LATEST UPDATES » Big Data, Bigger Disease Management and Current preparations to manage the Future Health of Singaporeans       » Big Data in Clinical Research Sector       » Professor Yuk-ling Yung receives Gerard P. Kuiper Prize       » AXA Assistance on Regenerative Medicine       » Singtel – Singapore Cancer Society Race against Cancer 2015       » Jardiance® is the only diabetes medication to show a significant reduction in both cardiovascular risk and cardiovascular death      
(of a substance) made by chemical synthesis, especially to imitate a natural product."

Creating entire biological systems from scratch would seem to be an entirely impossible task, one that only exists in fictional landscapes, and not in reality. But in truth, synthetic biologists have already been able to synthetize entire genomes of viruses and bacteria, with the first complete synthesis of a bacteria genome in 2010 by scientists from the J. Craig Venter Institute. More recently, in March of this year, scientists from The New York University's Langone Medical Center synthesized the first 'man-made yeast chromosome'. This development is significant as it is the first time that a cell containing a nucleus, a eukaryote, has been synthesized in a research laboratory.

Often considered an interface between biology and engineering, synthetic biology is a difficult field to pin down using a simple one-liner definition. The researchers at syntheticbiology.org define it as "a) the design and construction of new biological parts, devices, and systems, and b) the re-design of existing, natural biological systems for useful purposes." Simply put, synthetic biology not only modifies what already exists but also creates systems that do not naturally exist.

Synthetic biology allows scientists a greater understanding of the systems at work in our world today. It also allows them to create and modify biological systems that have never existed before to perform functions that may solve problems that exist in our world.

Still an emerging scientific field, it has its share of risks and challenges to overcome, both in terms of the technologies used as well as societal and ethical views of the field as a whole. Symposiums, conferences and reports have been organized in an attempt to mitigate the risks and to regulate and develop guidelines for the research of synthetic biology.

In this issue, we take a look at the synthetic biology research scenes in a few different countries; China, Singapore, Japan, (Korea) and the United Kingdom. We hope that this issue will give you some insight into this intriguing world of synthetic biology and what it can bring to the world.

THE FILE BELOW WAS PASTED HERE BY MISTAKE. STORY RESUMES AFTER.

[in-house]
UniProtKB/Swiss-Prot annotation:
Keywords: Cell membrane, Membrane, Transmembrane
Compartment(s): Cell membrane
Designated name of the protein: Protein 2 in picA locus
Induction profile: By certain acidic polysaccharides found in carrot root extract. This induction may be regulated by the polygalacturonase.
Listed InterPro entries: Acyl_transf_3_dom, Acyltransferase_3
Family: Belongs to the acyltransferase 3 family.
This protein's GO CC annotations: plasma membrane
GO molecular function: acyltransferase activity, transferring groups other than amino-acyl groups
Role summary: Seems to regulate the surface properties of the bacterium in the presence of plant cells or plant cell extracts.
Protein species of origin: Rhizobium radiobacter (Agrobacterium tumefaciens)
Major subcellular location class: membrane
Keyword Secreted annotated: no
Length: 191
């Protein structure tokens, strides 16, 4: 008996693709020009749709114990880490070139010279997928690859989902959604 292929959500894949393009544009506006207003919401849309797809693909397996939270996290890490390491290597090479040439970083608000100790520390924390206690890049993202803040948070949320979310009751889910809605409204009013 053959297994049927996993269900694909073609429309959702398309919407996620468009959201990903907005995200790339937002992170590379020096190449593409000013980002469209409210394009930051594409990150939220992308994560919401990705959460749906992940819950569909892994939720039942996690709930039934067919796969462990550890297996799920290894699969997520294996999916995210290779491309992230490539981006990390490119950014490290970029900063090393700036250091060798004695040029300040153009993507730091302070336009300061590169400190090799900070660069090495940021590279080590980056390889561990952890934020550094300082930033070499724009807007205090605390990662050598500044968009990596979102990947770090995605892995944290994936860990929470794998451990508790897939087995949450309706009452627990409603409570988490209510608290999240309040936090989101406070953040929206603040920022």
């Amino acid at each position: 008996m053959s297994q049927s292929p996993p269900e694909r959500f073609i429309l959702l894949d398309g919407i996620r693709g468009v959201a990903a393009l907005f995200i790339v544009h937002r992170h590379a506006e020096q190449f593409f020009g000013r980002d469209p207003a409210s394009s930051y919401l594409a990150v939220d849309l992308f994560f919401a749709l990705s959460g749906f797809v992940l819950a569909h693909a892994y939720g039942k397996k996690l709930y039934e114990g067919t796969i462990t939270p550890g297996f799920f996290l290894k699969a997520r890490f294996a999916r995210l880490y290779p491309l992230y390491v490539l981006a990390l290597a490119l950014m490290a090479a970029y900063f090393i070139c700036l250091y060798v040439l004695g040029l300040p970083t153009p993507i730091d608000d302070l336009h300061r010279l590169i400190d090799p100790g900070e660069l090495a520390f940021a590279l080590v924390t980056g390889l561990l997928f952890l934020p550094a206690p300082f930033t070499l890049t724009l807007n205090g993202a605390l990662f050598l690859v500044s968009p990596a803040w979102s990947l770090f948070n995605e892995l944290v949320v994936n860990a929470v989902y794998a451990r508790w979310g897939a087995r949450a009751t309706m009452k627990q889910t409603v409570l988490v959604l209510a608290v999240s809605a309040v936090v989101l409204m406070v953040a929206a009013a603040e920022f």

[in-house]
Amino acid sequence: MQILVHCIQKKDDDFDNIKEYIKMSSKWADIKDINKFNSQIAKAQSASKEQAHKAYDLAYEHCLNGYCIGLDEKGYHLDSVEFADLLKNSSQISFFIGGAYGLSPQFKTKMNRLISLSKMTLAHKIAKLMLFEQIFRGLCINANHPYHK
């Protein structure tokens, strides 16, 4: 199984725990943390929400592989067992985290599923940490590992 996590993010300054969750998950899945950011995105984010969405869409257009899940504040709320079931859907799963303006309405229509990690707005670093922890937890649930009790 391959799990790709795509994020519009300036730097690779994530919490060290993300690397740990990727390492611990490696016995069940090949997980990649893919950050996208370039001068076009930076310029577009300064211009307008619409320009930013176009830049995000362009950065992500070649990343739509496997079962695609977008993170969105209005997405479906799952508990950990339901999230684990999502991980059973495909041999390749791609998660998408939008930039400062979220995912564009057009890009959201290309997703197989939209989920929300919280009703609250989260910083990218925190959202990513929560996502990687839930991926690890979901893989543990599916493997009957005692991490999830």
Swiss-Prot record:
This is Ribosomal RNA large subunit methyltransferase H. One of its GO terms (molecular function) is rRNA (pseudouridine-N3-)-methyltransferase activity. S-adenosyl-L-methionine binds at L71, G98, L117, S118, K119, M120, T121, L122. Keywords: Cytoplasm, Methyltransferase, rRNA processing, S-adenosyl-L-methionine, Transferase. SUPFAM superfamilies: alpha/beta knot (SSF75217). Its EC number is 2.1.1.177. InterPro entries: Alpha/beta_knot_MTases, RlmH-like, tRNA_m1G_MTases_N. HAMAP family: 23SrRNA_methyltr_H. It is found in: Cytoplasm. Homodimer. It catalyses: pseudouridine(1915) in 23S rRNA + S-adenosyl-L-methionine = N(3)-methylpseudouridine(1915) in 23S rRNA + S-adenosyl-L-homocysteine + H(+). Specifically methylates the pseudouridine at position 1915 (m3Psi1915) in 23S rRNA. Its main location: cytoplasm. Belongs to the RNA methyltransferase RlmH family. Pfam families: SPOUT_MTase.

Rachel Lim
Asia Pacific Biotech News

Check out our new website at www.asiabiotech.com
Sign up for our mailing list to get updates at www.worldscientific.com/page/newsletter-sign-up
Air your views and suggestions by writing to in to the editorial team (Letters to the Editor) at biotech_edit@wspc.com

Click here for the complete issue.

news A Heroic Voyage — Sydney Brenner's Life in Science
news VeloX, A Minimally Invasive Prosthetic Heart Valve for treating Mitral Regurgitation
news Anti-CD25 monoclonal antibody (90Y-daclizumab) a favorable target towards systemic radio-immunotherapy in Hodgkin's Lymphoma

Credits to Sony Computer Entertainment and click here for behind the scenes.

APBN Editorial Calendar 2015
Trends and Predictions for 2015 Robotics in Healthcare Nutrition Universal Health Coverage
Start-Up Biotech Companies Preventative and Translational Medicine Biofuels ASEAN Economic Community and Asia's Life Sciences Industry
Big Data: Healthcare and Drug Development Antibody Engineering in Japan Christmas Edition
APBN Editorial Calendar 2016
Korea's Biotechnology Industry Nutrition and Allergies: Are we, Too Clean? Medical Devices and Technology: Innovation that leaves an Inspiration Tobacco Smoking: The 'Real' Cost of One Cigarette
Life-Saving Opportunities: A Guide to Regenerative Medicine Occupational Health Water Technology Olympics: Evolution of Sports
Respiratory: Seasonal flu viruses
About Us
Available issues
Editorial Board
Letters to Editor
Instructions to Authors
Advertise with Us
World Scientific Publishing Co. Pte. Ltd.
5 Toh Tuck Link, Singapore 596224
Tel: 65-6466-5775
Fax: 65-6467-7667
» Editorial Enquiries: biotech_edit@wspc.com
» For Subscriptions, Advertisements &
   Media Partnerships Enquiries:
   Ms PoPo Kwok or Ms Sok Ching Lim
Copyright© 2015 World Scientific Publishing Co Pte Ltd  •  Privacy Policy